Black Sabbath (1963)

BLACK SABBATH (1963)
aka I Tre volti della paura
Article 2728 by Dave Sindelar
Viewing Date: 10-25-2008
Posting Date: 1-31-2009
Directed by Mario Bava and Salvatore Billitteri
Featuring Michele Mercier, Lida Alfonsi, Boris Karloff
Country: Italy/France/USA

Three tales of terror are represented. In the first, a woman steals a ring from a corpse, and finds herself haunted afterwards. In the second, a woman is terrorized by a voice over the phone. In the third, a family finds itself threatened by Wurdalaks, vampires who drink the blood of those they love.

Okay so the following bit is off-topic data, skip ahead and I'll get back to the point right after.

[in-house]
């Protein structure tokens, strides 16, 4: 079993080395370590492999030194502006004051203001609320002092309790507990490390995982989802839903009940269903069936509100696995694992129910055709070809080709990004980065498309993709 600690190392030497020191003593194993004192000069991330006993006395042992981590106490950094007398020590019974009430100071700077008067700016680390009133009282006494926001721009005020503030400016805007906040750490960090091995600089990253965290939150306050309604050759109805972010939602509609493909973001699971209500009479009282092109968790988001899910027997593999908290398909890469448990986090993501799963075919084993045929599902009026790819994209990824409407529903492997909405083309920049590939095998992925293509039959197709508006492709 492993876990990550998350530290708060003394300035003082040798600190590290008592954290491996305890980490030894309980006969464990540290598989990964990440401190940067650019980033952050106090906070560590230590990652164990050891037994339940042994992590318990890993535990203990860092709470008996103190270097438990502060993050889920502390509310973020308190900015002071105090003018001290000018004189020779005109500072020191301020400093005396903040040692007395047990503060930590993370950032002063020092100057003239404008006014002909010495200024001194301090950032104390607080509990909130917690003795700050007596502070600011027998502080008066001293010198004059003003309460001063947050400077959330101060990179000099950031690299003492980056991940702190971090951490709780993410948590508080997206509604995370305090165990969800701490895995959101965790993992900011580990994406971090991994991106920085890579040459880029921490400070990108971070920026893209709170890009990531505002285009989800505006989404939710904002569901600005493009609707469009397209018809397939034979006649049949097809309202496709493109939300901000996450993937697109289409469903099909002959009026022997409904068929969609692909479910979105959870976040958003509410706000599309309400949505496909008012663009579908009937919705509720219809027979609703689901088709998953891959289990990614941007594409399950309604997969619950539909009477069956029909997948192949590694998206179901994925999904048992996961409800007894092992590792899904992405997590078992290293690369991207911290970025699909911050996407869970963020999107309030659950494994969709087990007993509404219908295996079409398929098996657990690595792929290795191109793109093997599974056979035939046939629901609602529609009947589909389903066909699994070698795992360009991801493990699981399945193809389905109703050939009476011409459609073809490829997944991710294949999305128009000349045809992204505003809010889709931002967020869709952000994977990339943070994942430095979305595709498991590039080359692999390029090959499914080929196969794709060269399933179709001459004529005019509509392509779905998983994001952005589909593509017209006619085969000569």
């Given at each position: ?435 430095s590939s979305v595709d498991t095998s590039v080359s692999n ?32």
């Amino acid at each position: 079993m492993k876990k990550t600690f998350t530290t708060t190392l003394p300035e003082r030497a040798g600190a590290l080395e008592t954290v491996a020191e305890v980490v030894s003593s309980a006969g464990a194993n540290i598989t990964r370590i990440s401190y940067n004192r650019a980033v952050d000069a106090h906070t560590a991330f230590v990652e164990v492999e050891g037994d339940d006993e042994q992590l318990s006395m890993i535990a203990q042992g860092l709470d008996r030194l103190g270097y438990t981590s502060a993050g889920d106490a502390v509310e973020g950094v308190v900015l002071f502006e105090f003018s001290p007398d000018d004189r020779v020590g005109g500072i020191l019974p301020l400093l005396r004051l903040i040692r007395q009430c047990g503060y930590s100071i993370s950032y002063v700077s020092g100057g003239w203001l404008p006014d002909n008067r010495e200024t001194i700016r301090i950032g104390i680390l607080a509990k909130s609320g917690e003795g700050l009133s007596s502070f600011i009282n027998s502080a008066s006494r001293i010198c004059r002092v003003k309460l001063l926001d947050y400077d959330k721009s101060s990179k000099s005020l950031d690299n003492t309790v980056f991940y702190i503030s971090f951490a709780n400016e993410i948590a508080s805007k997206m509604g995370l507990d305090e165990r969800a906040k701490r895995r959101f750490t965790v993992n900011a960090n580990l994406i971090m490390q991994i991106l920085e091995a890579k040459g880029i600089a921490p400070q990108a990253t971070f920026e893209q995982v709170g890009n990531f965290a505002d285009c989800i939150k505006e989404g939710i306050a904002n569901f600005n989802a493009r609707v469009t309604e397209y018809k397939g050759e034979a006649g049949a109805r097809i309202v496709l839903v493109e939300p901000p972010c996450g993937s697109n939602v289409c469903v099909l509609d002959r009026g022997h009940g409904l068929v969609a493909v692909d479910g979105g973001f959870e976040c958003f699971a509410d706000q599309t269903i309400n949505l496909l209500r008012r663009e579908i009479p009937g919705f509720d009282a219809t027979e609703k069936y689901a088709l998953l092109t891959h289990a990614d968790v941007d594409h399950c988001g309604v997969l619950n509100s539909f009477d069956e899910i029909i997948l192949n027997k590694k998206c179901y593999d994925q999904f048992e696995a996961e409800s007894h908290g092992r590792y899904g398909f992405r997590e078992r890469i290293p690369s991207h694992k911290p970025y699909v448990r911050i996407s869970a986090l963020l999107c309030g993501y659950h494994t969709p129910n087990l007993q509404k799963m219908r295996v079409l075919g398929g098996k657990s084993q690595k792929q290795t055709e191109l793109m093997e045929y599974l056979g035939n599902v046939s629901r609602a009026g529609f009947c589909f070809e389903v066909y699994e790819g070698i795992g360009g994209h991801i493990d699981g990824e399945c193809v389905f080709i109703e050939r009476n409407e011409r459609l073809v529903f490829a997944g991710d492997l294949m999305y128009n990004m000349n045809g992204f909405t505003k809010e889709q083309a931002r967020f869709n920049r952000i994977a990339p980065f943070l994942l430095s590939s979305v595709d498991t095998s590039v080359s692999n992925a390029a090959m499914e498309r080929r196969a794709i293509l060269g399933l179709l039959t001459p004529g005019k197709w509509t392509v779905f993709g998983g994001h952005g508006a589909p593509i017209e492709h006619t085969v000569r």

For the record, I watched the American version of this movie; the Italian version had a different order, and the story about the telephone was slightly reworked to remove certain lesbian overtones. Quite frankly, the original order would have served the movie better; positioned as they are here, the beginning of ‘The Telephone’ is way too similar to the end of ‘A Drop of Water’ (a woman alone in her apartment being terrorized), which works to the detriment of ‘The Telephone’, which already has strikes against it, as it’s probably the weakest story anyway, and it’s already compromised by the editing. Still, the other two are top notch, full of atmosphere, color, effective use of sound, and strong performances. The intros of the stories by Boris Karloff are a little too silly for what is a serious horror movie, but his performance in ‘The Wurdalak’ is wonderful. The US version also has some additional music by Les Baxter, and I suspect that he was responsible for the music over the closing credits, which is also a little too humorous for the movie. The main advantage to seeing the US version is to hear Karloff in his own voice, which would be dubbed in the Italian version; still, I suspect it would be worth my time to check out the Italian version to see how the differences affect the movie.

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